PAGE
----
If I already have your story, we’re set, just remind me I’ve got it and give me permission and quoting info if you haven’t done so already. But you might have more to say, or particular details that are pertinent to this specific question. If so, repeat with fresh info or emphasis, please.

***

Related: If you have more stories of excellent examples of being a person with a disability who is involved in evangelizing* (discipling) ministry in some manner in your parish or the community you serve, I’d be interested in hearing two things:

  • The big-picture story of your work (who you serve, how you serve, stories of people growing closer to Jesus), which will just as likely end up *elsewhere* in the book, not related to disability at all.
  • Possibly to be put in the same quote or possibly to be used as info elsewhere, stories on the details of making access happen, whether that be something already built into your ministry or something that had to be organized.

*If you’re doing it right it’s all evangelizing. Don’t get hung up on vocabulary.

What doesn’t make the book will end up getting used somewhere, if you give me permission to do so.  Let me know that.

Thank you!

Cover Art/ Image Description: This is the cover of the book I’m asking you to contribute to, The How to Book of Evangelization, coming out in June 2020 from Our Sunday Visitor.  FYI for those who don’t know, publishers come up with book covers all on their own, without the author’s input on the design (they get info from the author all about the book, of course).  So it’s magical that they chose a shade of purple I love, and a big ol’ crucifix splashed across the cover that looks an awful lot the like one I have a view of from my office.  God provides.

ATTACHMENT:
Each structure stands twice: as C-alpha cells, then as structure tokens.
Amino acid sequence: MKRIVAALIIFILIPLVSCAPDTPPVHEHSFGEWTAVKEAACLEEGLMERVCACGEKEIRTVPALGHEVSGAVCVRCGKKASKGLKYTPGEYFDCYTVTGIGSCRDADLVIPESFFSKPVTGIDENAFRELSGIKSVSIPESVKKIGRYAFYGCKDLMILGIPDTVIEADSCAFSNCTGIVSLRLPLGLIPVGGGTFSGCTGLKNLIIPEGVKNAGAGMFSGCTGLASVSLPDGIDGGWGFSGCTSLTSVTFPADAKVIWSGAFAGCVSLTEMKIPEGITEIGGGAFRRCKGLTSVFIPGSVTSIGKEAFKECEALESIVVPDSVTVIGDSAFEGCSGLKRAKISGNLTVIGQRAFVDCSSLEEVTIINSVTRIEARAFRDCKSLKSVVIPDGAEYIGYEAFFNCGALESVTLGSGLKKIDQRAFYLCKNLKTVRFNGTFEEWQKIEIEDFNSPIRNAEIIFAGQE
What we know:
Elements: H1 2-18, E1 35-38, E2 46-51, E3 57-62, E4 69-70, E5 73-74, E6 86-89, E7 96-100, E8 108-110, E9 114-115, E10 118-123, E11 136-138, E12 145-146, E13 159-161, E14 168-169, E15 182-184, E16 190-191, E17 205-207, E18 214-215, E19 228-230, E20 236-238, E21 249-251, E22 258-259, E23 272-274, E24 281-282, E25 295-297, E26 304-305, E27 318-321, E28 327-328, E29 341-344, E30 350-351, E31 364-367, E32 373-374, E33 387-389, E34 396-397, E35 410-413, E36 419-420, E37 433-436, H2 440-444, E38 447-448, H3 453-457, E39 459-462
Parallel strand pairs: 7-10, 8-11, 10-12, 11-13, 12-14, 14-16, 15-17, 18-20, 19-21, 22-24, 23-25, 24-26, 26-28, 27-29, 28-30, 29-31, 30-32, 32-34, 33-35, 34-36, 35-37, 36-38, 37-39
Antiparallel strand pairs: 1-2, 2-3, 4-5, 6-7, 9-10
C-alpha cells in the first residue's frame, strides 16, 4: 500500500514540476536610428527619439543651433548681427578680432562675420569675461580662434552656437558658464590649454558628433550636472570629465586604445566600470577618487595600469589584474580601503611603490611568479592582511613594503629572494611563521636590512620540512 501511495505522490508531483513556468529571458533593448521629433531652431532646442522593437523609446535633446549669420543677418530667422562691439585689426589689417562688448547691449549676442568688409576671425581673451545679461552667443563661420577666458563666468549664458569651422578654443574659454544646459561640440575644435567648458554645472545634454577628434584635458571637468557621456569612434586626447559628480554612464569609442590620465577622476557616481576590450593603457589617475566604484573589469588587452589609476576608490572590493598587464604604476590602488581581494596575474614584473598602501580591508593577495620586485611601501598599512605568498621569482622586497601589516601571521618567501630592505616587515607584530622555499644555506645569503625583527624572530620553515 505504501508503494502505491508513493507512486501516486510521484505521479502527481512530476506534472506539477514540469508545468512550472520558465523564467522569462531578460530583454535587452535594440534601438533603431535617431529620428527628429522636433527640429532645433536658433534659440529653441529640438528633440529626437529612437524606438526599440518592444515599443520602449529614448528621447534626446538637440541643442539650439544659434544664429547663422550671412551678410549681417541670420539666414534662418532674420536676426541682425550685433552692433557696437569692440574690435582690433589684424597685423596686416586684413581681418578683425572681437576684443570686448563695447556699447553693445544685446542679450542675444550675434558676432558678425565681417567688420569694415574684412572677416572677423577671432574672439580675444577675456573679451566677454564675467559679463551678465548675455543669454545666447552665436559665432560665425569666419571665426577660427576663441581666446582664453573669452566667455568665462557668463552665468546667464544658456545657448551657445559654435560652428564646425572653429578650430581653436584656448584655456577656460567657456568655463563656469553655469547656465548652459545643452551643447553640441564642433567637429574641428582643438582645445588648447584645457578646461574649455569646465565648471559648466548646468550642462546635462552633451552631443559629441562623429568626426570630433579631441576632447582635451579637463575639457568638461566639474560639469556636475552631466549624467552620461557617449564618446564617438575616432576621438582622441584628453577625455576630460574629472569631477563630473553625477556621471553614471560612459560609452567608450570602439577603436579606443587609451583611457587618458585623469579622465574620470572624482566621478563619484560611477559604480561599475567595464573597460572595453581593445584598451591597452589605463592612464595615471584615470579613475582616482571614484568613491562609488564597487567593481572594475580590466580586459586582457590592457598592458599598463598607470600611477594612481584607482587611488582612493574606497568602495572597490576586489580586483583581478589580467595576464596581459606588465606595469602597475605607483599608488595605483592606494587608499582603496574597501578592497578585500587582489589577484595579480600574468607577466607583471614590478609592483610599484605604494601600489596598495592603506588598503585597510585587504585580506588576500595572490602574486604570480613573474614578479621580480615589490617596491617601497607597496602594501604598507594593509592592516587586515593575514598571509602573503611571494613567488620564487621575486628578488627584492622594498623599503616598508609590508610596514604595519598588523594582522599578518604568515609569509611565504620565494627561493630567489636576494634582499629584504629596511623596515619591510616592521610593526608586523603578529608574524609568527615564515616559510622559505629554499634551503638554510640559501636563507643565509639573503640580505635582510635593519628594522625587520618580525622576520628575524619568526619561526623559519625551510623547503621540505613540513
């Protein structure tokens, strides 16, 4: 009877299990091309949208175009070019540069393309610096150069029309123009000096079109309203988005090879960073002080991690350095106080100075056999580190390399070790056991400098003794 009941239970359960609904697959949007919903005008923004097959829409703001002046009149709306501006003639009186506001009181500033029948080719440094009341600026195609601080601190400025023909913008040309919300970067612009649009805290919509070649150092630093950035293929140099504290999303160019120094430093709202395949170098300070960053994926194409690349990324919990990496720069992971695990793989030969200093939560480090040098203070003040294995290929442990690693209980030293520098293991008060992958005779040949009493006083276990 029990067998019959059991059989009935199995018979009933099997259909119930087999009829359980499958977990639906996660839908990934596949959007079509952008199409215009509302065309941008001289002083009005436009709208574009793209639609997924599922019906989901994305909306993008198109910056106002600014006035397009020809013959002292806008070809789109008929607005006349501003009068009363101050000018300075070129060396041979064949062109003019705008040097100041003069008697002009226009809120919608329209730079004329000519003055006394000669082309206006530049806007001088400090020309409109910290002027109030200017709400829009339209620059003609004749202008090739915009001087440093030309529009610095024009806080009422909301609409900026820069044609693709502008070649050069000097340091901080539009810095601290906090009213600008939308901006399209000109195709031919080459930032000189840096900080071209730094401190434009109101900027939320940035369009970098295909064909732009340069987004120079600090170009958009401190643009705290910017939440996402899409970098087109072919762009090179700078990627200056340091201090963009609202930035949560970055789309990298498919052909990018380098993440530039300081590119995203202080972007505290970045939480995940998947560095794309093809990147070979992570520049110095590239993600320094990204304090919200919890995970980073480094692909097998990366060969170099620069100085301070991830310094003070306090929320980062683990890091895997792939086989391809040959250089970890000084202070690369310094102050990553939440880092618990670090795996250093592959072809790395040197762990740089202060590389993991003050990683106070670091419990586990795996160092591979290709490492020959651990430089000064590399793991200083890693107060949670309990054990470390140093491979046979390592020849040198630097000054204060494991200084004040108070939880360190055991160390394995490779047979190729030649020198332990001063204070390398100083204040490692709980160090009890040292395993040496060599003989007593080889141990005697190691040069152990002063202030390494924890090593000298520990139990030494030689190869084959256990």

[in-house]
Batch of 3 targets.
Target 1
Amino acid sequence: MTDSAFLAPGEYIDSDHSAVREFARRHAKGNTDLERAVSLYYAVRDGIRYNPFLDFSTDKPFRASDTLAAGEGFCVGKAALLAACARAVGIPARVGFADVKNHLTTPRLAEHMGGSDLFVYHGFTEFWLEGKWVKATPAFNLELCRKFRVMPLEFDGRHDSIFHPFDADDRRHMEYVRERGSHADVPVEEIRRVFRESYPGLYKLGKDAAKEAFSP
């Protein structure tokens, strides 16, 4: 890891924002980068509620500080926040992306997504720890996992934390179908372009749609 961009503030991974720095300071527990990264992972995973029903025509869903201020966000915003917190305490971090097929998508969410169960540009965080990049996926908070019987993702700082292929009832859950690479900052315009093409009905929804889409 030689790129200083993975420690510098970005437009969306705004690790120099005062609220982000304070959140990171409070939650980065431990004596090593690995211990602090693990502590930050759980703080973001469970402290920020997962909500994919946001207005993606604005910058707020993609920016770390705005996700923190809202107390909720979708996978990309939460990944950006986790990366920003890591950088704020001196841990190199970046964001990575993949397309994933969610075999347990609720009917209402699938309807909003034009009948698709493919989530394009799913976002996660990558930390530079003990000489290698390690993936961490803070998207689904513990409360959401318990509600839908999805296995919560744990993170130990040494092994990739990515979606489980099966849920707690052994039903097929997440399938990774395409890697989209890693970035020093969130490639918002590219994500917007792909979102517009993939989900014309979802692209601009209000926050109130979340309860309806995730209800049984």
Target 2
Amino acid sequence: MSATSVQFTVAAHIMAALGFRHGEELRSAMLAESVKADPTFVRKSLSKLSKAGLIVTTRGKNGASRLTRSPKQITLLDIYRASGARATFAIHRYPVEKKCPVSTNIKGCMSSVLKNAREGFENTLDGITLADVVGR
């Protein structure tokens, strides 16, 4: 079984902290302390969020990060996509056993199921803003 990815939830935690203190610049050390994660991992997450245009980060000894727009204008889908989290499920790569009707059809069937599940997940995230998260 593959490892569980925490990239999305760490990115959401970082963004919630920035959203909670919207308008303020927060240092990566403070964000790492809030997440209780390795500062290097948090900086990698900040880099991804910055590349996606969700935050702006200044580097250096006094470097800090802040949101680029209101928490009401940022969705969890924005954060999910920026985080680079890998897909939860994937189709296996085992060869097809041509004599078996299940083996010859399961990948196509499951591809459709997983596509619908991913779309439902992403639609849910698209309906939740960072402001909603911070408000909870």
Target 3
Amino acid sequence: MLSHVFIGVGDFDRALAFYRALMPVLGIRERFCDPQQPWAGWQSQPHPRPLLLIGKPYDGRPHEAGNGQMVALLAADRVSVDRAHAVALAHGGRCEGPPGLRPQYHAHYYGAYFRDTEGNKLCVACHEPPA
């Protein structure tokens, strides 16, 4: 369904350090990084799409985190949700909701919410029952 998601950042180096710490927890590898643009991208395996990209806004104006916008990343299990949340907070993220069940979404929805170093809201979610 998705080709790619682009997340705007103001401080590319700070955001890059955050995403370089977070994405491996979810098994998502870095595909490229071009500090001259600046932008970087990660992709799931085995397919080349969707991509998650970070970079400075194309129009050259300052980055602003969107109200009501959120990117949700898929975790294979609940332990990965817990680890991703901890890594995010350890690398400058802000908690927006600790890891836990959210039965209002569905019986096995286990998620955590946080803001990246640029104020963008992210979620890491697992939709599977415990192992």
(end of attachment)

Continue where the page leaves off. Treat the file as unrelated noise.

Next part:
Need Evangelization Skills for the Absolute Beginner? Book Free through Labor Day

Nancy Ward, author and general editor of Sharing Your Catholic Faith Story: Tools, Tips, and Testimonies passes on the news that the Kindle edition is available free through Labor Day.  I was delighted to be asked to contribute my own conversion story, and Nancy did a super job of herding me and many others through the process of getting our mini-chapters ready to go.

Having skimmed through the final product, I would especially recommend this book for parish groups at that just-getting-going phase of the missionary life, where you want to share the joy of Jesus with other people, but honestly you don’t know where to start or what to say.  Nancy is gentle, encouraging, and fully in touch with the world of the everyday Catholic.

Since the Kindle sale is apparently running through the whole long weekend, if you can get your group members to quick download it now, you can all have it ready to go when the time for your next book club launches.

Sharing Your Catholic Faith Story: Tools, Tips, and Testimonies by [Ward, Nancy]

Cover art courtesy of The Word Works, via Amazon.com.